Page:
There are plenty of wonderful companies telling their environmental stories to the world, and even some who aren’t that should be. The incidence of “pure greenwash,” purposeful untruths or impacts of products, is not that prominent. However, there’s a lot out there that gets close. Beere describes the buzzwords commonly used to greenwash as a “slippery slope” and advises any company ready to go down it to invest in educating their marketers.

“Eco-friendly,” “organic,” “natural” and “green” are just some examples of the widely used labels that can be confusing and misleading to consumers. If you’re ready to slap some grass on your logo, be transparent with customers about your company’s practices and have information readily available to back it up.

One example of transparency is activist outdoor clothing retailer Patagonia. Unlike most companies, Patagonia doesn’t sugarcoat its use of chemicals or the fact that it leaves a footprint. The company’s sustainability mission is described as a “struggle to become a responsible company.”

“We can’t pose Patagonia as the model of a responsible company,” the website reads. “We don’t do everything a responsible company can do, nor does anyone else we know. But we can tell you how we came to realize our environmental and social responsibilities, and then began to act on them.”

Do your best to tell your sustainability story and avoid greenwashing. After all, we all know how costly a trip to the cleaners can be.

7 Creative Ways to Engage With Your Customers Online

7 Creative Ways to Engage With Your Customers Online
by: Shay Wright

Technology today affords us the opportunity to initiate contact with a lot of potential customers online, but many businesses fall short of actually converting these customers because they fail to truly engage them. The days when large companies could just blanket the airwaves with their sales pitches and actually expect a return from such advertising are gone. People are tired of being sold to. They want companies to listen to them and slowly gain their trust over time before they’ll open their wallet to them.

Once initial contact is made with a potential customer online, someone has to engage that customer by providing relevant and useful information in a personable manner to build trust. Outlined below are some creative and effective ideas for individuals and companies to interact and engage with their customers online.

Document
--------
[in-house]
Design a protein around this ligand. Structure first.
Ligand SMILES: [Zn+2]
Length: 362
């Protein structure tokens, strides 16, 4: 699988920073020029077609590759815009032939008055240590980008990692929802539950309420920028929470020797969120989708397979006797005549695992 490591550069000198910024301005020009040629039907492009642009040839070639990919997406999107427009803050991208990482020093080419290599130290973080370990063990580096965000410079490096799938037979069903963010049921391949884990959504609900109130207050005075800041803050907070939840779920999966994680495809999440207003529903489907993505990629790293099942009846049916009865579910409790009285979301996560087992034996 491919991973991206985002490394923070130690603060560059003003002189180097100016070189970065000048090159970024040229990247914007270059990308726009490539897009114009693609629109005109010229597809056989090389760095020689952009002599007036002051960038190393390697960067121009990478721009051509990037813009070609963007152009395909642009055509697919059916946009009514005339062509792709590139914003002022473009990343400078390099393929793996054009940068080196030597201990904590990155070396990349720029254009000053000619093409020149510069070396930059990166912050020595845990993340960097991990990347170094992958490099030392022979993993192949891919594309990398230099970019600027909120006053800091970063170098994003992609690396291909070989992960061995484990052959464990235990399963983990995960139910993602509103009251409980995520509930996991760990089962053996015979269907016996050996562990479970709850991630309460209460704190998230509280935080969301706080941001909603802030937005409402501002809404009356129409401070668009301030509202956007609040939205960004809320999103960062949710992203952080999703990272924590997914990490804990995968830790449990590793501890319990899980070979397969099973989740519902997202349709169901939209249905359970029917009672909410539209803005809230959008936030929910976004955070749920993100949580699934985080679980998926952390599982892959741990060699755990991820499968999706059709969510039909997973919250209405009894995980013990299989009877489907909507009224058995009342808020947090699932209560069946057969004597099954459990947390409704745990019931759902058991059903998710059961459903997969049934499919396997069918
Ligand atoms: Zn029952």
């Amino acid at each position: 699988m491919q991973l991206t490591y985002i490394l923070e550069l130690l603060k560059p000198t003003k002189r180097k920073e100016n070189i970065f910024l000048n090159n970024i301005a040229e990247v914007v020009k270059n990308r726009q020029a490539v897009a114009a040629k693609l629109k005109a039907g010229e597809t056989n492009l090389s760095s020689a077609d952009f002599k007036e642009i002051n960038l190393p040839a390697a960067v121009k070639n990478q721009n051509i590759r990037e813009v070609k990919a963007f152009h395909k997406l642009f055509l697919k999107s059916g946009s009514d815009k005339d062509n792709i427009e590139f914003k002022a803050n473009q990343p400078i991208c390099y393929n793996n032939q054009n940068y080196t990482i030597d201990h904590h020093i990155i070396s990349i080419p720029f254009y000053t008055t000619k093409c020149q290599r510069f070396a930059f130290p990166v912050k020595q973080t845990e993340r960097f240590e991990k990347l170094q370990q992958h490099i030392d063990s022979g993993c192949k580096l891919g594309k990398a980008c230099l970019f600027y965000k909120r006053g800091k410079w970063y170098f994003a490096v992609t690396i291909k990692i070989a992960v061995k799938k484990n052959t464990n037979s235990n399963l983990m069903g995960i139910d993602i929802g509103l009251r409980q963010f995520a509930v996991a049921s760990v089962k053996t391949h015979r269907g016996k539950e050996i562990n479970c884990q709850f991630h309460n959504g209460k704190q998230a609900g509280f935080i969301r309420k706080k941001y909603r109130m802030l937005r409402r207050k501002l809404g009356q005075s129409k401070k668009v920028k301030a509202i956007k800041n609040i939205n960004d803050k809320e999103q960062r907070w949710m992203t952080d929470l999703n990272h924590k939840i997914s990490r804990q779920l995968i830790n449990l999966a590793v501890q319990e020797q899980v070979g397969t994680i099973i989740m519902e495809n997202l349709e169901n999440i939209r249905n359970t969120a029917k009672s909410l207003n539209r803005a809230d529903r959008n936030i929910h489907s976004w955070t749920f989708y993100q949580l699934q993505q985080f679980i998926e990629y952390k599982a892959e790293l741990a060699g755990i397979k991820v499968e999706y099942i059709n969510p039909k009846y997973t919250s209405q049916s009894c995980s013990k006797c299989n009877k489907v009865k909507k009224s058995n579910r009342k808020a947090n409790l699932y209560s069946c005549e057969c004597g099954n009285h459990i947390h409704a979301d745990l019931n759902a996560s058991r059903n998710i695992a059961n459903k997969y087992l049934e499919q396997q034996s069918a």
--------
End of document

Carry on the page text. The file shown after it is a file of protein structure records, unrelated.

1. Build a Community or Group
There are several great ways to build an online community to more effectively interact and engage with your customers. Forums have been around for years and are still a widely used method of engaging with customers and allowing customers to engage with each other. Forums will likely still be around for the foreseeable future, but many companies are now finding it more advantageous to connect with customers on various social networks. Customers are already on these social networks every day, so instead of relying on customers to regularly visit your forum to interact and engage with you, why not bring the conversation to them on their social networks of choice?

Google+ Communities, Facebook Groups, and LinkedIn Groups are just a few of the many social networking sites that allow individuals and companies the ability to set up topic or brand communities.


2. Host a Webinar or Google Hangout
A webinar or Google Hangout is another innovative and effective way of engaging with your customers. They allow you to reach a large target audience on a platform that is very user-friendly and interactive. People love the visual aspects of a webinar with live video of the presenter, slides, graphics, and other interactive options. Webinars and hangouts also allow you to make a very personal connection with your current or potential customers. You as the presenter of the webinar or hangout can also be more passionate, entertaining, and engaging than you could otherwise be by just writing a blog post and short e-book.


Pro Tip: Allowing users to tweet or email their questions or comments to you during or after the webinar is a great way to encourage more interaction with your audience.

3. Co-Create